• Make sure the guests are introduced to everyone. Also make the necessary introductions if people from within the organisation don’t know each other, invite everyone to take a seat, and offer them something to drink.
  • All guests should be welcomed sincerely and made to feel at home as soon as possible.
  • Make sure that the guests have all the resources and information they need to do their job. The same applies to visitors who may be with you for a while, for instance consultants, auditors, trainers, facilitators, or people from Revenue Services. They will need to use relevant documentation and information—allow them access to everything necessary.
  • If a guest is to be provided with an office or work area, make sure that it is of a standard similar to one you would give to an employee working in a comparable role.

Visiting your clients

It doesn’t matter how well you know your client, you have to make sure that your conduct is utterly professional at all times when you visit them. Here are some useful rules.

  • Always make an appointment in advance — never arrive unannounced at your client’s office or business.
  • Make sure that you have all relevant documentation with you.
  • You simply must be on time. Make every effort in this regard.
  • Write down the name of the receptionist so that you can use it next time
  • Switch your cell phone off. You cannot under any circumstances receive or make calls in the company of your client, unless it is for their benefit and with their approval.
  • Do not smoke, unless your client is a smoker and you are in a designated area. If your client is smoking, you can ask for permission to light up too.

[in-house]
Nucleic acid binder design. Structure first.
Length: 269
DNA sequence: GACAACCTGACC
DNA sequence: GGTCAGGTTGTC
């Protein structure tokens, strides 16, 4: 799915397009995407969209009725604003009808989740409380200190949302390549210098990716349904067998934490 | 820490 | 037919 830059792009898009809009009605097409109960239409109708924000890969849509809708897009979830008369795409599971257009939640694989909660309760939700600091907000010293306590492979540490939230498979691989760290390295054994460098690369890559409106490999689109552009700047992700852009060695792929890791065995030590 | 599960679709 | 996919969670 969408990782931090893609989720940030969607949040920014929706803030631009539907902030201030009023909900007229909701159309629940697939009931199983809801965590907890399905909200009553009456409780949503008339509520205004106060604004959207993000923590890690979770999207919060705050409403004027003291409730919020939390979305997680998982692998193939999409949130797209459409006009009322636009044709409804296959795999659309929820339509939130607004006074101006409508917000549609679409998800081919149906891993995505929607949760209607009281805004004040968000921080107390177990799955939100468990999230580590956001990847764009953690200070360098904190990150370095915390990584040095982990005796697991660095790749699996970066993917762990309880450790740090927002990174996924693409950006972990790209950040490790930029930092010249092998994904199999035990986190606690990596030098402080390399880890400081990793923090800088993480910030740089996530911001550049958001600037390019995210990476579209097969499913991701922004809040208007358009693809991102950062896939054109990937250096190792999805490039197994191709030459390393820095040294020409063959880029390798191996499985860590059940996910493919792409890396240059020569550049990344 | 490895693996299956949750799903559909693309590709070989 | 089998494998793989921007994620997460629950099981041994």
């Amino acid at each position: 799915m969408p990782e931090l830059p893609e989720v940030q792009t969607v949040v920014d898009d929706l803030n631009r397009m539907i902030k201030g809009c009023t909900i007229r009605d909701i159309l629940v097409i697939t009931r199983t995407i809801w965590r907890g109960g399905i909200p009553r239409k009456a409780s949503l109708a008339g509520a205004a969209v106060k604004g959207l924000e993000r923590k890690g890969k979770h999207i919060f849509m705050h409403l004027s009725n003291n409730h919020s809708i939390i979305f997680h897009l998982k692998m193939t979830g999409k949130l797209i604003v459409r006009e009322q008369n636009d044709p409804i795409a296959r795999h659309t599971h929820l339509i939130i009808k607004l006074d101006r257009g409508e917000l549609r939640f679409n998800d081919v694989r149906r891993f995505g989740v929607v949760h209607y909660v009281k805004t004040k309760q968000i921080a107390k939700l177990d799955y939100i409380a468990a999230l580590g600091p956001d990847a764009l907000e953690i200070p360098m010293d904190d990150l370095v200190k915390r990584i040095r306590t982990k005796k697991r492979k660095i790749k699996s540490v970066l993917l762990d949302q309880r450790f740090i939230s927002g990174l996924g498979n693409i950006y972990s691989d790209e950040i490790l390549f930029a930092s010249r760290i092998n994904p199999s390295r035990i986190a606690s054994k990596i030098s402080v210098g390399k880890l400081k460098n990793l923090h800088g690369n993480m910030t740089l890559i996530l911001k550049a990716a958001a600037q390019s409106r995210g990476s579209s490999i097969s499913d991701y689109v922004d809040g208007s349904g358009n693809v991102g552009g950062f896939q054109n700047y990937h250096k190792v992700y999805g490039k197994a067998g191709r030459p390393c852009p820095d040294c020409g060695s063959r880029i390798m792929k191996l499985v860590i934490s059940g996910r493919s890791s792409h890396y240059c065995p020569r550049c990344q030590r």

• Make sure that you have done what you promised to do or what is expected of you. Do not make excuses or give outlandish reasons why something has not been done.
  • Look and behave your best. Don’t be loud or aggressive.
  • Never lie to anyone about anything. Your organisation’s image will be tarnished and the client will have the right to take serious steps against you. If this happens you may even lose your job.
  • Deal with your meeting professionally and do not overstay your welcome.
  • If your client seems to be in a hurry, politely refuse any offer of a drink since this is likely to delay your departure, and thus delay your client.
  • Do not wander through your client’s organisation hoping to meet more people. This is unprofessional and will be viewed with suspicion.
  • If you want to meet more people in your contact’s organisation, ask them whether they would be willing introduce you, or whether it would be in order for you to contact other people yourself. Do not go over your client’s head.
  • Diarise everything. If you do not, you may miss your next meeting, or forget to do certain tasks. It is totally unacceptable to say you forgot.
  • Always thank you client for their time, and shake hands. Do not greet your client with a kiss — even if you know them well.

Elsabé Manning is an Executive, Life and Business Coach; Facilitator; Author of Up The Corporate Ladder - Professionalism in the Workplace, Public Speaker and Consultant. She studied Human Resource Management at RAU in Johannesburg. Elsabé founded Success Factory - a highly successful business, specialising in professionalism; communication; sales training; performance management; leadership development; coaching, mentoring and team re-building. She consults with organisations on skills development and coaching for individuals and teams from foundation to executive level. Elsabé is a sought-after public speaker and an accomplished writer. She writes weekly leadership and self-development articles for organisations and she has a monthly television slot on Professionalism in the Workplace on the commercial channel of DSTV and her own professionalism slot on ABSA Bank’s internal television training channel. Elsabé is a member of the Coach Trainers Association of South Africa - A Special Interest Group of COMENSA (Coaches and Mentors of South Africa). She stays abreast of all the latest ideas and developments through constant self-development and her own personal coaching programme. Success Factory is an accredited service provider - SETQAA DecisionNumber 2075.She can be contacted at011 648 8969 or www.successfactory.co.za

Gary Watkins

Gary Watkins

Managing Director

BA LLB

C: +27 (0)82 416 7712

T: +27 (0)10 035 4185 (Office)

F: +27 (0)86 689 7862

Website: www.workinfo.com
Login to post comments

HR Associations